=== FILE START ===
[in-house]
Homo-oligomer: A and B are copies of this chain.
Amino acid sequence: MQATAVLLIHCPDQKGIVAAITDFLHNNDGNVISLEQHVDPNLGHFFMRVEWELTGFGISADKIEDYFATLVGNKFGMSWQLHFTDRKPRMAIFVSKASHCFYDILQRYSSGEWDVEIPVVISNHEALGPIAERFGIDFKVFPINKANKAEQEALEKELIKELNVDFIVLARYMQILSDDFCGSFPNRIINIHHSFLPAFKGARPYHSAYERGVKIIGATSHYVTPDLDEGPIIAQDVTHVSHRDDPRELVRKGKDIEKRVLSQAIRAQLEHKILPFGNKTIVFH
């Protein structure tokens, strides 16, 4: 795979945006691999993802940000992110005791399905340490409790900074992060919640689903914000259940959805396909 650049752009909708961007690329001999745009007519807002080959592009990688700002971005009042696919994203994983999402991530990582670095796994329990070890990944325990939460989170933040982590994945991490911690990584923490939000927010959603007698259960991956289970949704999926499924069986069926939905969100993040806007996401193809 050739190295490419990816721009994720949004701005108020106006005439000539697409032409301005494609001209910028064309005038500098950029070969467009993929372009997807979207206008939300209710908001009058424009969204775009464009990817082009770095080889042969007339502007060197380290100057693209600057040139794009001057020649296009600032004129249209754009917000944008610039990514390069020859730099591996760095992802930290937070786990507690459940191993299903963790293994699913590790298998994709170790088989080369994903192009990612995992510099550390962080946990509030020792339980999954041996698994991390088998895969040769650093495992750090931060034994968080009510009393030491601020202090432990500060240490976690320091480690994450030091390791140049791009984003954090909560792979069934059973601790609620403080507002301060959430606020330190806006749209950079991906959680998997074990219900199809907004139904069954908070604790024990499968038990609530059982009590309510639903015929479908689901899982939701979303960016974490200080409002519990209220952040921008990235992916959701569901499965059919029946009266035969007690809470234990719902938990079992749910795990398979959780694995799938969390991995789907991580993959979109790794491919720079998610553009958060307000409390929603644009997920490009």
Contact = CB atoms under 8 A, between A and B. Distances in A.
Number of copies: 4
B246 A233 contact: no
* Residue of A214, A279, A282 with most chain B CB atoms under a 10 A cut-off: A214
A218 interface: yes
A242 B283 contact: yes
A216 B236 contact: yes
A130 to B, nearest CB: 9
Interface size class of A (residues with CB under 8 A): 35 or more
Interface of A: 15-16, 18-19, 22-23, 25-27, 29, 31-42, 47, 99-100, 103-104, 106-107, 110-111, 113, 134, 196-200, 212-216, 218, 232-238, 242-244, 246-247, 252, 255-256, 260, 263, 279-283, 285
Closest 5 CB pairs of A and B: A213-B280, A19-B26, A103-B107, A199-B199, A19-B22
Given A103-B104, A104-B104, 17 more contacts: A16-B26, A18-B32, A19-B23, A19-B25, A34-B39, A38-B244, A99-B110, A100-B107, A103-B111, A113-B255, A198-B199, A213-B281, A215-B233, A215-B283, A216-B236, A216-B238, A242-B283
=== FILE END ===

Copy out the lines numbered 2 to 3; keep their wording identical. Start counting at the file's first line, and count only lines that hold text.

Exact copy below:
Homo-oligomer: A and B are copies of this chain.
Amino acid sequence: MQATAVLLIHCPDQKGIVAAITDFLHNNDGNVISLEQHVDPNLGHFFMRVEWELTGFGISADKIEDYFATLVGNKFGMSWQLHFTDRKPRMAIFVSKASHCFYDILQRYSSGEWDVEIPVVISNHEALGPIAERFGIDFKVFPINKANKAEQEALEKELIKELNVDFIVLARYMQILSDDFCGSFPNRIINIHHSFLPAFKGARPYHSAYERGVKIIGATSHYVTPDLDEGPIIAQDVTHVSHRDDPRELVRKGKDIEKRVLSQAIRAQLEHKILPFGNKTIVFH